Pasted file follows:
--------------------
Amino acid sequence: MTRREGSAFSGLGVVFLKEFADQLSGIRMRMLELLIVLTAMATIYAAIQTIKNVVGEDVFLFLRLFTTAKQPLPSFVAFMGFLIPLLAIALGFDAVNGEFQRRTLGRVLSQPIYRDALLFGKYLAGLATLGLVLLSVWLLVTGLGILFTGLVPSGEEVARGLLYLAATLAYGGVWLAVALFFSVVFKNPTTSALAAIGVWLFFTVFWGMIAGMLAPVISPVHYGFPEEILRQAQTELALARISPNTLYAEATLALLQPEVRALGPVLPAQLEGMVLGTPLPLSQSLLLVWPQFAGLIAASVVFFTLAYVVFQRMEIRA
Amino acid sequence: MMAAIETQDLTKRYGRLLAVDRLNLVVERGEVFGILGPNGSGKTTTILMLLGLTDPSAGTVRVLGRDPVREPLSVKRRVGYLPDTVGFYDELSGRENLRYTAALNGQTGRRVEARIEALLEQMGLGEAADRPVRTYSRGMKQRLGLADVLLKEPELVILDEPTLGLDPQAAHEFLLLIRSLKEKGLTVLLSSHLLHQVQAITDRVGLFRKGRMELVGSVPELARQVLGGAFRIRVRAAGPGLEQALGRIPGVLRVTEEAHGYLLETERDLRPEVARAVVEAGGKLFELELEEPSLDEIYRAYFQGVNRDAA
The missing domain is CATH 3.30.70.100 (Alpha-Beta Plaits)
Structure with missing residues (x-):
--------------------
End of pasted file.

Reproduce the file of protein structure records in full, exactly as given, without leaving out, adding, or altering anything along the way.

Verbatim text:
Amino acid sequence: MTRREGSAFSGLGVVFLKEFADQLSGIRMRMLELLIVLTAMATIYAAIQTIKNVVGEDVFLFLRLFTTAKQPLPSFVAFMGFLIPLLAIALGFDAVNGEFQRRTLGRVLSQPIYRDALLFGKYLAGLATLGLVLLSVWLLVTGLGILFTGLVPSGEEVARGLLYLAATLAYGGVWLAVALFFSVVFKNPTTSALAAIGVWLFFTVFWGMIAGMLAPVISPVHYGFPEEILRQAQTELALARISPNTLYAEATLALLQPEVRALGPVLPAQLEGMVLGTPLPLSQSLLLVWPQFAGLIAASVVFFTLAYVVFQRMEIRA
Amino acid sequence: MMAAIETQDLTKRYGRLLAVDRLNLVVERGEVFGILGPNGSGKTTTILMLLGLTDPSAGTVRVLGRDPVREPLSVKRRVGYLPDTVGFYDELSGRENLRYTAALNGQTGRRVEARIEALLEQMGLGEAADRPVRTYSRGMKQRLGLADVLLKEPELVILDEPTLGLDPQAAHEFLLLIRSLKEKGLTVLLSSHLLHQVQAITDRVGLFRKGRMELVGSVPELARQVLGGAFRIRVRAAGPGLEQALGRIPGVLRVTEEAHGYLLETERDLRPEVARAVVEAGGKLFELELEEPSLDEIYRAYFQGVNRDAA
The missing domain is CATH 3.30.70.100 (Alpha-Beta Plaits)
Structure with missing residues (x-):